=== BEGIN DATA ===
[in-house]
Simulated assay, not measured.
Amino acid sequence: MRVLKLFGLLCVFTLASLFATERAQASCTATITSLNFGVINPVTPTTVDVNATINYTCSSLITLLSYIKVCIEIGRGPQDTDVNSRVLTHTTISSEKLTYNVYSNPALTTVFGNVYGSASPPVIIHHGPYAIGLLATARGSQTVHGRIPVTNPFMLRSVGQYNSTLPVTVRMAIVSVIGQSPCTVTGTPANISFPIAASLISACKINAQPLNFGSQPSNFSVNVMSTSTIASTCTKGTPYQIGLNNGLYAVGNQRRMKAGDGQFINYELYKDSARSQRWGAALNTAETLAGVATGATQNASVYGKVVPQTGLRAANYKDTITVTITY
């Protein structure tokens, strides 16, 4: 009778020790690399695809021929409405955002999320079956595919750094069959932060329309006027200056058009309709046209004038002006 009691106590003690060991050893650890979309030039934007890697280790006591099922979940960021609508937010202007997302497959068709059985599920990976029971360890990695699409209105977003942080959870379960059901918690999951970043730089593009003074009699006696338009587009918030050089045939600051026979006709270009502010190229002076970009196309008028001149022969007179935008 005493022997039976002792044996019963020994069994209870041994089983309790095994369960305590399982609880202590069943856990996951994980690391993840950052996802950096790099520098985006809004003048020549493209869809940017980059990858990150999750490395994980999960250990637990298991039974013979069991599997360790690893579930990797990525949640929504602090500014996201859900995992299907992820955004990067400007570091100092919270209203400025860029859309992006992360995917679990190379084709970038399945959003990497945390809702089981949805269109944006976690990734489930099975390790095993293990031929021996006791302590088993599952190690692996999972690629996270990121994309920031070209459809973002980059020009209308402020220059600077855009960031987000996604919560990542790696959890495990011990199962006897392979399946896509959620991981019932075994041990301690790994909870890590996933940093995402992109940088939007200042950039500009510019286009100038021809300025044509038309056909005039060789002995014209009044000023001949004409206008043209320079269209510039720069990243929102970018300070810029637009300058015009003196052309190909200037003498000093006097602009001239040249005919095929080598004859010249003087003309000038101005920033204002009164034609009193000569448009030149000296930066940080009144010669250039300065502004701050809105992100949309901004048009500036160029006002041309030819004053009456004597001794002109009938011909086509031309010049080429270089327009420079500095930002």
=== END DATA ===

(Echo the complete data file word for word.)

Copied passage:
[in-house]
Simulated assay, not measured.
Amino acid sequence: MRVLKLFGLLCVFTLASLFATERAQASCTATITSLNFGVINPVTPTTVDVNATINYTCSSLITLLSYIKVCIEIGRGPQDTDVNSRVLTHTTISSEKLTYNVYSNPALTTVFGNVYGSASPPVIIHHGPYAIGLLATARGSQTVHGRIPVTNPFMLRSVGQYNSTLPVTVRMAIVSVIGQSPCTVTGTPANISFPIAASLISACKINAQPLNFGSQPSNFSVNVMSTSTIASTCTKGTPYQIGLNNGLYAVGNQRRMKAGDGQFINYELYKDSARSQRWGAALNTAETLAGVATGATQNASVYGKVVPQTGLRAANYKDTITVTITY
């Protein structure tokens, strides 16, 4: 009778020790690399695809021929409405955002999320079956595919750094069959932060329309006027200056058009309709046209004038002006 009691106590003690060991050893650890979309030039934007890697280790006591099922979940960021609508937010202007997302497959068709059985599920990976029971360890990695699409209105977003942080959870379960059901918690999951970043730089593009003074009699006696338009587009918030050089045939600051026979006709270009502010190229002076970009196309008028001149022969007179935008 005493022997039976002792044996019963020994069994209870041994089983309790095994369960305590399982609880202590069943856990996951994980690391993840950052996802950096790099520098985006809004003048020549493209869809940017980059990858990150999750490395994980999960250990637990298991039974013979069991599997360790690893579930990797990525949640929504602090500014996201859900995992299907992820955004990067400007570091100092919270209203400025860029859309992006992360995917679990190379084709970038399945959003990497945390809702089981949805269109944006976690990734489930099975390790095993293990031929021996006791302590088993599952190690692996999972690629996270990121994309920031070209459809973002980059020009209308402020220059600077855009960031987000996604919560990542790696959890495990011990199962006897392979399946896509959620991981019932075994041990301690790994909870890590996933940093995402992109940088939007200042950039500009510019286009100038021809300025044509038309056909005039060789002995014209009044000023001949004409206008043209320079269209510039720069990243929102970018300070810029637009300058015009003196052309190909200037003498000093006097602009001239040249005919095929080598004859010249003087003309000038101005920033204002009164034609009193000569448009030149000296930066940080009144010669250039300065502004701050809105992100949309901004048009500036160029006002041309030819004053009456004597001794002109009938011909086509031309010049080429270089327009420079500095930002």